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Sheep help keep Dordogne vistas pretty

Sheep are the new answer to problems caused in rural areas where traditional agriculture is on the decline and the landscape is reverting to scrubland and forest.

In the Dordogne, a part of France that relies heavily on tourism, untended land is increasingly regarded as a problem.

Today, 46% of the region is woodland, compared to just 20% in 1900. In some communes, up to 75% of the land is now covered by trees. Farmers face uncertain futures. Once open vistas are being choked by trees. And untended land increases the danger of wild fires in hot, dry summers.

Sheep are the perfect solution. They are natural, heavy-duty lawnmowers, keeping the grass down and nibbling away at the undergrowth, preventing new green shoots from turning into trees and bushes.
The Chamber of Agriculture in the Dordogne has turned to an ancient form of agriculture – pastoralism, in which farmers in the south east of the department take their flocks to graze on other people’s land.
An experiment started in 2011 has been hailed a success and now 159 communes are involved and four associations now exist that put farmers in touch with landowners willing to have sheep on their land.

Farmer Thierry Delpech was one of the first to be involved: “The idea came from watching our sheep feeding under the walnut and the chestnut trees, which is where they were traditionally allowed to feed.
“Using cereals as fodder is increasingly difficult as prices go up all the time so it is better to use the natural supply of food all around us.
“First two flocks were involved and now there are seven. I have 500 sheep and there is plenty of land available for them as there are fewer and fewer farmers with animals.
“Nearly all the beef farmers have given up round here because it is too difficult to make a living.

“We fare a little better with sheep because we sell our lamb directly to the supermarket and the local farm shops and people appreciate the fact that our animals live mainly on what they find in the fields.”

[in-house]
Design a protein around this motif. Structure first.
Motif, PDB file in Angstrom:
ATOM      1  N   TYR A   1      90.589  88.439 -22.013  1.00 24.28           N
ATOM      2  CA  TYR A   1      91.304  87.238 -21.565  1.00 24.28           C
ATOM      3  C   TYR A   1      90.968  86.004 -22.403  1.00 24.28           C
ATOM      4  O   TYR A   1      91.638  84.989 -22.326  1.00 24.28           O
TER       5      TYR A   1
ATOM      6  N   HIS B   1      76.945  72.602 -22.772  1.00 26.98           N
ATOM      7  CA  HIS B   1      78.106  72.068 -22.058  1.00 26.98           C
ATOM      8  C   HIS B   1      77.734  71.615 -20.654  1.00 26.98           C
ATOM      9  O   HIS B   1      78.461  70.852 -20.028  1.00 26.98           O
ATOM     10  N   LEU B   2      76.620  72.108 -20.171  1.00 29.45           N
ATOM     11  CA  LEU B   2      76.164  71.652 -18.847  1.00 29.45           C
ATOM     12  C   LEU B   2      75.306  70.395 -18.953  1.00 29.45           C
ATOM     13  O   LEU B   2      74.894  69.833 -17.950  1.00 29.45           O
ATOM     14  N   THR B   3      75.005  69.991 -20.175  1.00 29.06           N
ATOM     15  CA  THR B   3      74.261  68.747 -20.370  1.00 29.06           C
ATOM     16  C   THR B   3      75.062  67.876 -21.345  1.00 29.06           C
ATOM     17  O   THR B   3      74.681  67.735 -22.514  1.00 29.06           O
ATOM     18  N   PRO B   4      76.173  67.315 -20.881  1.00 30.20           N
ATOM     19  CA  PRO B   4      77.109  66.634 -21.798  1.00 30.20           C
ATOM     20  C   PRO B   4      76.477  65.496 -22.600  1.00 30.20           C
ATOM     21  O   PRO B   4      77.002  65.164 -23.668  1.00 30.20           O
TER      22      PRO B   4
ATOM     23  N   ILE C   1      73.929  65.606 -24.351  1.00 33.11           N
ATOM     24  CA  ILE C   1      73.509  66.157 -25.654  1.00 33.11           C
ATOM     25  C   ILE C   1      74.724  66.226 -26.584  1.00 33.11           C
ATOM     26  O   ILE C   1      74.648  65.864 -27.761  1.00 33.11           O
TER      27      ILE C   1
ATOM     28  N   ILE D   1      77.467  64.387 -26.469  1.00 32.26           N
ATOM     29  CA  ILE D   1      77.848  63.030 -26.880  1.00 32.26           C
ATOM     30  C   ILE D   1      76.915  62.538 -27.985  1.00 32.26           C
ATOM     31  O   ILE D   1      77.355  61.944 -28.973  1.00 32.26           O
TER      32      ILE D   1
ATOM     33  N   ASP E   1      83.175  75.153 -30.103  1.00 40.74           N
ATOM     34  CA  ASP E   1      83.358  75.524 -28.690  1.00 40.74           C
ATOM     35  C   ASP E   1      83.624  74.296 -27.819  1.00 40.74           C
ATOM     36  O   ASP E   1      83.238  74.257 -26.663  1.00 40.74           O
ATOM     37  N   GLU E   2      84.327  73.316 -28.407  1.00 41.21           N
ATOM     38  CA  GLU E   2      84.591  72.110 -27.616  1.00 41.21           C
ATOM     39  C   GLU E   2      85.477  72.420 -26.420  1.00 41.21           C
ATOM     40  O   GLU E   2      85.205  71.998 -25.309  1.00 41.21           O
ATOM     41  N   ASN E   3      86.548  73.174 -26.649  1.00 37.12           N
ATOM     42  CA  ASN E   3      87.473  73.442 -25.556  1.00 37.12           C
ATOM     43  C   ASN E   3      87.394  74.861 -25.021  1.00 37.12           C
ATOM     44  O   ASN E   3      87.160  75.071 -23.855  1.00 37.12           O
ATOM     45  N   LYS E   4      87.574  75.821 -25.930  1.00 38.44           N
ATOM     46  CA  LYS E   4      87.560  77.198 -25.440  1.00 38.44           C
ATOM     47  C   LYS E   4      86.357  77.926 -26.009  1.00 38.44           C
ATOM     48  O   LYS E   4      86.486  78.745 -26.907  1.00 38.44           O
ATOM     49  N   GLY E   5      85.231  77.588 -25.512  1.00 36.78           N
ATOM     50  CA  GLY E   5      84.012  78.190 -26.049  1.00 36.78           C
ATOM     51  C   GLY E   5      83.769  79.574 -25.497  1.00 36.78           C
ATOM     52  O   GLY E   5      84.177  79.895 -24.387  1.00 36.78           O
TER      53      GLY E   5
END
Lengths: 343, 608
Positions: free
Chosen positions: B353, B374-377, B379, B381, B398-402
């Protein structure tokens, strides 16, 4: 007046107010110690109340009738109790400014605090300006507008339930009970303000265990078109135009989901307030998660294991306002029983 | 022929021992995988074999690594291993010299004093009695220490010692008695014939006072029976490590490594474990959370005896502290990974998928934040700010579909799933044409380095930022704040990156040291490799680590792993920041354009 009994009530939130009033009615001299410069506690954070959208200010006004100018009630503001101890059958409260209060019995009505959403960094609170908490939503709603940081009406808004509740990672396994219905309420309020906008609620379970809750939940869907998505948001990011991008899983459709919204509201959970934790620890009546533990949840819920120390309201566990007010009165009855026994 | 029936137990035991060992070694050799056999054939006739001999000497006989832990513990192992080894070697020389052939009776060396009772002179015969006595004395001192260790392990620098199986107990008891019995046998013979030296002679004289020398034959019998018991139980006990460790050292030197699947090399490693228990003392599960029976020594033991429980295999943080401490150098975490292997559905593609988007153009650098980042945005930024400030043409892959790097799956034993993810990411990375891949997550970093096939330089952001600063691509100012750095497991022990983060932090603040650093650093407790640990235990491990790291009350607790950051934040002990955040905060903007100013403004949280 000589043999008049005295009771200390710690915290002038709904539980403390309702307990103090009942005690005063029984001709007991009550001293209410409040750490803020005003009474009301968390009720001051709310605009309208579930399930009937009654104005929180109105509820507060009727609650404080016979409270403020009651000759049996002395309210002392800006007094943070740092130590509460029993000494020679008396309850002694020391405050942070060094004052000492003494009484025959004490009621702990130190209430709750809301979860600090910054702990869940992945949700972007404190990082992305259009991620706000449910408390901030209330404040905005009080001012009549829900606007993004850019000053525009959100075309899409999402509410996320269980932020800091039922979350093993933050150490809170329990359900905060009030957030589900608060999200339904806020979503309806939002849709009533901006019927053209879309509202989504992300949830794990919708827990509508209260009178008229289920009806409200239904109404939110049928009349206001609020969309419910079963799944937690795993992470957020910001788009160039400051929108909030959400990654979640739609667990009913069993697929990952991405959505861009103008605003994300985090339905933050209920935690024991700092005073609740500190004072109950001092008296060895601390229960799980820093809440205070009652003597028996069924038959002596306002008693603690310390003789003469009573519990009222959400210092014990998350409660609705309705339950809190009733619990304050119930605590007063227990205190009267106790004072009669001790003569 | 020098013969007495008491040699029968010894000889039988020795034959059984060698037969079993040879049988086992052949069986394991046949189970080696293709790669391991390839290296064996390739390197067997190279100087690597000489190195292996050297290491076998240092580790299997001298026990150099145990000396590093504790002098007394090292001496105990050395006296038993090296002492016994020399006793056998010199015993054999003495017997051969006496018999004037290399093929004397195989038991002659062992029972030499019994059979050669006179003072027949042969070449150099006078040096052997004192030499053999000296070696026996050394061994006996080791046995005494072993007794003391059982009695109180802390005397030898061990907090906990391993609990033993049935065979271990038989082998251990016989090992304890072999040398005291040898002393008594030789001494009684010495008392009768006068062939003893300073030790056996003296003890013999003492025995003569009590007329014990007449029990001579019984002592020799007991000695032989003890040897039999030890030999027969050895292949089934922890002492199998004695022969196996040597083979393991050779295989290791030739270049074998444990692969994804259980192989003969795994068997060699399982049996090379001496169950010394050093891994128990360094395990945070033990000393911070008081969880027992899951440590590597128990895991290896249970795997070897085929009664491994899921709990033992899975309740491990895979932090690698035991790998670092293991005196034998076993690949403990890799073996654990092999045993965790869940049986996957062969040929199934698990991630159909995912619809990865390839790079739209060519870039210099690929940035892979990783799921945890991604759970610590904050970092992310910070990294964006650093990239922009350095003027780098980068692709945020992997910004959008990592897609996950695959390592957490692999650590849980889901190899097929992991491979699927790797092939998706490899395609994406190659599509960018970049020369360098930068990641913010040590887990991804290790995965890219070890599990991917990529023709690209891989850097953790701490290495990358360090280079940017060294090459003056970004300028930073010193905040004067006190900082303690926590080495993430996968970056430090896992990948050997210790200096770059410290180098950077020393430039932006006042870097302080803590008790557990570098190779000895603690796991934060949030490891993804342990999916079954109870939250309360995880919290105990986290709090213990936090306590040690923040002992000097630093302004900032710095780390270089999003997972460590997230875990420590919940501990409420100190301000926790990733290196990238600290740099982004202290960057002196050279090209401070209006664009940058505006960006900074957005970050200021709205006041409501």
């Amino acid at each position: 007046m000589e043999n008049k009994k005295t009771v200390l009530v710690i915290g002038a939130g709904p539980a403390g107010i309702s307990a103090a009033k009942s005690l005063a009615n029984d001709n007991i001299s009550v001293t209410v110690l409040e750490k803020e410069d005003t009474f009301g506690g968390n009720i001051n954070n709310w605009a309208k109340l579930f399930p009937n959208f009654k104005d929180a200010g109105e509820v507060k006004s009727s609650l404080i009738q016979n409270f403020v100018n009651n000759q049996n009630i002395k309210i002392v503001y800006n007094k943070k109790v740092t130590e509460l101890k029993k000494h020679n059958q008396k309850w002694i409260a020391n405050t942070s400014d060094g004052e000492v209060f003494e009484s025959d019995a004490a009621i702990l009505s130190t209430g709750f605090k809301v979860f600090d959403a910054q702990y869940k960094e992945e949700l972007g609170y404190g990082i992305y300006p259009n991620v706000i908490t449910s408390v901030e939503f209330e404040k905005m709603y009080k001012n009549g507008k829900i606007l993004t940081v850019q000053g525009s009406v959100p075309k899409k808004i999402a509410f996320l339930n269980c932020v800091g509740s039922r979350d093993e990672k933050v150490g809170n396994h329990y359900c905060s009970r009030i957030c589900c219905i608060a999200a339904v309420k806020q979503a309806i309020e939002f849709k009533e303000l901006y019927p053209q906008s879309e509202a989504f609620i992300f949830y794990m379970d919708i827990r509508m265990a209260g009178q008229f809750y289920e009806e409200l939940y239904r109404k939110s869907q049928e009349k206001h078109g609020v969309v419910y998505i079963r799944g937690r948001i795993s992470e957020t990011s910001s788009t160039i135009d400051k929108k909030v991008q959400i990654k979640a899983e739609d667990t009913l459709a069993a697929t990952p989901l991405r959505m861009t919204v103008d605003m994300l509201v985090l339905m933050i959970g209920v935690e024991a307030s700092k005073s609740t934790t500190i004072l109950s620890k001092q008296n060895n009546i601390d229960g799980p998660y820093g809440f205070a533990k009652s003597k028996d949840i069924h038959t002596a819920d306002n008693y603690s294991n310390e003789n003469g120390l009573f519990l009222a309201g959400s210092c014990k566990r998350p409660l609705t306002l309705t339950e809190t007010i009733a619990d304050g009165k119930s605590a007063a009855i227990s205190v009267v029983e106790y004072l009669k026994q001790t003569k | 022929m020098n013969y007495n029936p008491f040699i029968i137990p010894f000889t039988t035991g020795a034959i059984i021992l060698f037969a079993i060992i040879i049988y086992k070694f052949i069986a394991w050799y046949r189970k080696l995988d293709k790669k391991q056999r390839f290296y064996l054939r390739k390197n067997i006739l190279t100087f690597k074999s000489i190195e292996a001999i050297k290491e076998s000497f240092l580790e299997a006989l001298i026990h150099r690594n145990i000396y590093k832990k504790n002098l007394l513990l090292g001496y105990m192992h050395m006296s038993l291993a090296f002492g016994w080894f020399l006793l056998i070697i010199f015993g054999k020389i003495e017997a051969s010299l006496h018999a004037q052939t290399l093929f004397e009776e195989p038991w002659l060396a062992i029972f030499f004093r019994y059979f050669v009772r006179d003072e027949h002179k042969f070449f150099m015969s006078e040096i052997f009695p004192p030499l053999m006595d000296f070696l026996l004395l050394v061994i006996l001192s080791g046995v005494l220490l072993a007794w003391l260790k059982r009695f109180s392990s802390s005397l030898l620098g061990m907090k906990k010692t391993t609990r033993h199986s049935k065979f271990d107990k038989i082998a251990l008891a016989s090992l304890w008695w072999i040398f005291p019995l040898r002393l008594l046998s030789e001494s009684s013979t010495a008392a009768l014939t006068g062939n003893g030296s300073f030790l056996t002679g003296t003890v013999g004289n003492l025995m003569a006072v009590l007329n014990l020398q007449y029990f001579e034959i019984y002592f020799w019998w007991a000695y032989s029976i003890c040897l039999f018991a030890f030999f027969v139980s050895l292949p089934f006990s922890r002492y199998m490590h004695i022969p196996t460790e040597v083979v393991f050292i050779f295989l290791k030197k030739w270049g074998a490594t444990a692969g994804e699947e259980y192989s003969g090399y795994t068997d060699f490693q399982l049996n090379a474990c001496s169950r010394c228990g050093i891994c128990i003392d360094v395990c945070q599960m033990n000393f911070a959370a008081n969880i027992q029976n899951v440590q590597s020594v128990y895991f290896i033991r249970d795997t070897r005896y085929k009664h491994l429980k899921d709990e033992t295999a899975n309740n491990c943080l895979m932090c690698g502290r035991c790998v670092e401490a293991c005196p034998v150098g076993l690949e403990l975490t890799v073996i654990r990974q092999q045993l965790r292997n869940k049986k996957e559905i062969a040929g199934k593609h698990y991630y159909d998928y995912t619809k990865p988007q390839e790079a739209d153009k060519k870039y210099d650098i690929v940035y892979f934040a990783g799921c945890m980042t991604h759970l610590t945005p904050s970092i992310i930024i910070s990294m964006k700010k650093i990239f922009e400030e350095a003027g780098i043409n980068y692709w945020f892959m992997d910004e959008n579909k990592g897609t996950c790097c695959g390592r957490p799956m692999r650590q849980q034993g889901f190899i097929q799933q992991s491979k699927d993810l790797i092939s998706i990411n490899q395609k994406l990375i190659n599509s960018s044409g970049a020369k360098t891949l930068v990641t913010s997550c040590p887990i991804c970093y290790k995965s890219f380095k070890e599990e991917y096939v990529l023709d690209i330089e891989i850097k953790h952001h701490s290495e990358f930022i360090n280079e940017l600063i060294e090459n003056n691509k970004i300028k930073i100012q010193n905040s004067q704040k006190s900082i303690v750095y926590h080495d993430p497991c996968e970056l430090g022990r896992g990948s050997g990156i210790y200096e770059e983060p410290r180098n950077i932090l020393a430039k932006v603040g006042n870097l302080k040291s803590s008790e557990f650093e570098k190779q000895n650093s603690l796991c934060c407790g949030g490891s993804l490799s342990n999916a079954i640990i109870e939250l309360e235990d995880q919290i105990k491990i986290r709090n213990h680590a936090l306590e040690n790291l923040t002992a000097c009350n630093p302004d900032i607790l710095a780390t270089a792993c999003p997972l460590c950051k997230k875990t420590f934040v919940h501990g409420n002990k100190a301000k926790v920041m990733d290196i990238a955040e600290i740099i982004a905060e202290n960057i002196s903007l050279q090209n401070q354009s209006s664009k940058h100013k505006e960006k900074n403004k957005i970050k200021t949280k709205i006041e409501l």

The programme is such a hit that more landowners have signed up than there are sheep farmers. In one village, Campagnac-lès-Quercy, the commune has gone so far as to offer
a barn and land to attract a young farmer to the area.

Emeline Vadrot comes from the Drôme and this opportunity meant she could fulfil her dream of running her own farm: “It’s a very positive initiative which helps us by giving us work and helps the local countryside at the same time because sheep are so good at clearing land that has been neglected.”

She now has 200 sheep, half for meat and half for milk, which is made into brebis (sheep’s milk cheese).
When they move their sheep, they walk them for up to 7km and are always happy for the public to participate in these mini transhumances.

The Dordogne Chamber of Agriculture is stepping up efforts to extend the scheme. Bernadette Boisvert said: “We are encouraged by the success of the pastoralism scheme.
“Studies have shown that moving the sheep around and giving them a varied diet is good for the animals and keeps them healthy as they are less likely to suffer from parasites.
“The advantages for the region are multiple. Councillors are keen because it makes the countryside more attractive, which is good for tourism.
“Landowners are keen because it helps them out. It is really something that works well, but we need more sheep farmers.”